“This story arc, the one you are buying, is pathetic. I hear Parker makes a deal with the devil here, some dues-ex-machina crap. Quesada is over-rated anyway. If you really like Spiderman, toss away everything written in the last twenty years – especially any title that begins with “Ultimate” – and devote yourself to Romita’s work of the early ‘70s.”

He passed me an old comic, wrapped in plastic. I felt like he was trying to pawn off some pot. The fading colors, heavy price tag, and cheese-doodle smears turned my stomach; I politely declined. Some people collect comics for individual issues, encasing prized books in plastic and then display them in locked case on their dressers next to yesterday’s change and that pyramid diorama from third grade. I am just in it for the stories. Owning rare individual copies – groundbreaking and valuable though they may be – seems pointless if I cannot read them.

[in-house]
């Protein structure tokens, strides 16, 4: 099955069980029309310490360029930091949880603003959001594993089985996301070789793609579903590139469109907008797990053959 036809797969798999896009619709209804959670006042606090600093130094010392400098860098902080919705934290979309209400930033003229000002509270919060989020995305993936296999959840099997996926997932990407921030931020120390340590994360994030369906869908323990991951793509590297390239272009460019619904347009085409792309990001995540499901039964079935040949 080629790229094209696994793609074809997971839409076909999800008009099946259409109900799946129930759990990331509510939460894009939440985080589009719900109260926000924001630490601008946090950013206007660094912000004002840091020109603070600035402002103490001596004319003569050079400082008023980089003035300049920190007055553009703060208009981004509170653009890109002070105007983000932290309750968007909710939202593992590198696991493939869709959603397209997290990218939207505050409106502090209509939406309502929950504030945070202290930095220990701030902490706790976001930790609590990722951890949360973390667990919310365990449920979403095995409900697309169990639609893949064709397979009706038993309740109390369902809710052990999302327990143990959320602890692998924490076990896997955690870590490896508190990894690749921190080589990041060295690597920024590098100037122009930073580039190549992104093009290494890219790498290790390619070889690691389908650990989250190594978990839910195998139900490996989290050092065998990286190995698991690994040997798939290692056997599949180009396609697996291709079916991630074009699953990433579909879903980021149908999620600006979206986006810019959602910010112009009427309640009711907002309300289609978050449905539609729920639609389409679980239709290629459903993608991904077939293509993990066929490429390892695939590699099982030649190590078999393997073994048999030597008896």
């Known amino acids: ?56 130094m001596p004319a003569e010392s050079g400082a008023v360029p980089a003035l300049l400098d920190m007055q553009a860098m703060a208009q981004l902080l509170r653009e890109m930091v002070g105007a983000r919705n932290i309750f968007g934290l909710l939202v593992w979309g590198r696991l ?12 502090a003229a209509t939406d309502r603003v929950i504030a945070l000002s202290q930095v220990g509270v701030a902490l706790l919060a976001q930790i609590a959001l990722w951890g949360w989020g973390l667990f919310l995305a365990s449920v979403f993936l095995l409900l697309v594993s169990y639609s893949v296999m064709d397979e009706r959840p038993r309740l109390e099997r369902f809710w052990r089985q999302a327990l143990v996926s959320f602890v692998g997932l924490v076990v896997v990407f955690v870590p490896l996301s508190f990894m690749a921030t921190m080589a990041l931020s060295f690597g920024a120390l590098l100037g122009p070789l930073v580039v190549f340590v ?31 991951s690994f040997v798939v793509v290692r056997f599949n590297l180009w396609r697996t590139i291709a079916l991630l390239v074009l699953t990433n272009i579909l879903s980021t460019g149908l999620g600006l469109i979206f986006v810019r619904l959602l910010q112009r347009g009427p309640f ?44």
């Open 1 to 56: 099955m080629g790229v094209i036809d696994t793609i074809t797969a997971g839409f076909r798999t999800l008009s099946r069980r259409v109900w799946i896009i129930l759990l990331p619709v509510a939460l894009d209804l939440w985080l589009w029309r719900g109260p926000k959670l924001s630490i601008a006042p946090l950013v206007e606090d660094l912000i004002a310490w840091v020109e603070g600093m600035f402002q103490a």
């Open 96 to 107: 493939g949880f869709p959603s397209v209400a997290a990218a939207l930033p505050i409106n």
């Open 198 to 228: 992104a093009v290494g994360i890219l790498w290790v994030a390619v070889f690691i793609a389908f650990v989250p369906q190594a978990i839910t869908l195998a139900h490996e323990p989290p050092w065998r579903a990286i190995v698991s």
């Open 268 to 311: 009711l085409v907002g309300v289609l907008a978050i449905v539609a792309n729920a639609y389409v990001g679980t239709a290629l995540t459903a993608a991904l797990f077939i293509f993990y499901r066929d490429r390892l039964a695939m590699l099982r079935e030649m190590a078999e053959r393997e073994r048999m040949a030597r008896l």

The comic guy sniffs at my refusal, and then ignores all but my money. I sneak out, darting my eyes about the parking lot, an instinctive search for girls and anyone who might recognize me.

Most comic stores have that feel to them: hole-in-the-wall shops squeezed in between laundromats and liquor stores. One such institution near the lab where I worked felt more like an opium den than a bookstore. The shelves seemed handmade by unskilled hands. I reach for an old issue of Batman but happen upon a splinter instead. I nearly trip over someone. Bodies of potential customers lay strewn about the floor next to piles of discarded back issues, reading silently, lost in alien worlds. Death metal bands screamed from behind the counter, where the gaunt pierced lips of the emaciated clerk mouthed ambiguous lyrics. Any moment I imagined tear gas to crash through the windows while my face is pinned to the floor by some rookie cop, trained on old episodes of Starsky and Hutch.

“Listen . . .” I would shout, as steel cuffs bite into my wrists.

“Scum like you should just die. Tryin’ to sell this stuff to kids . . .”

“Hey the writing has really improved in the last thirty years. Have you ever read Gaiman’s ‘Sandman?’ ‘Kingdom Come?’ I hear they teach ‘Watchmen’ in college cl . . . ow!”

“I don’t want your excuses. ‘Sandman?’ Happy dust? Is that what they call it on the street now?”

As they haul me away, I suppose it good luck that no one caught me reading the Japanese comics . . . but that’s another story for another time.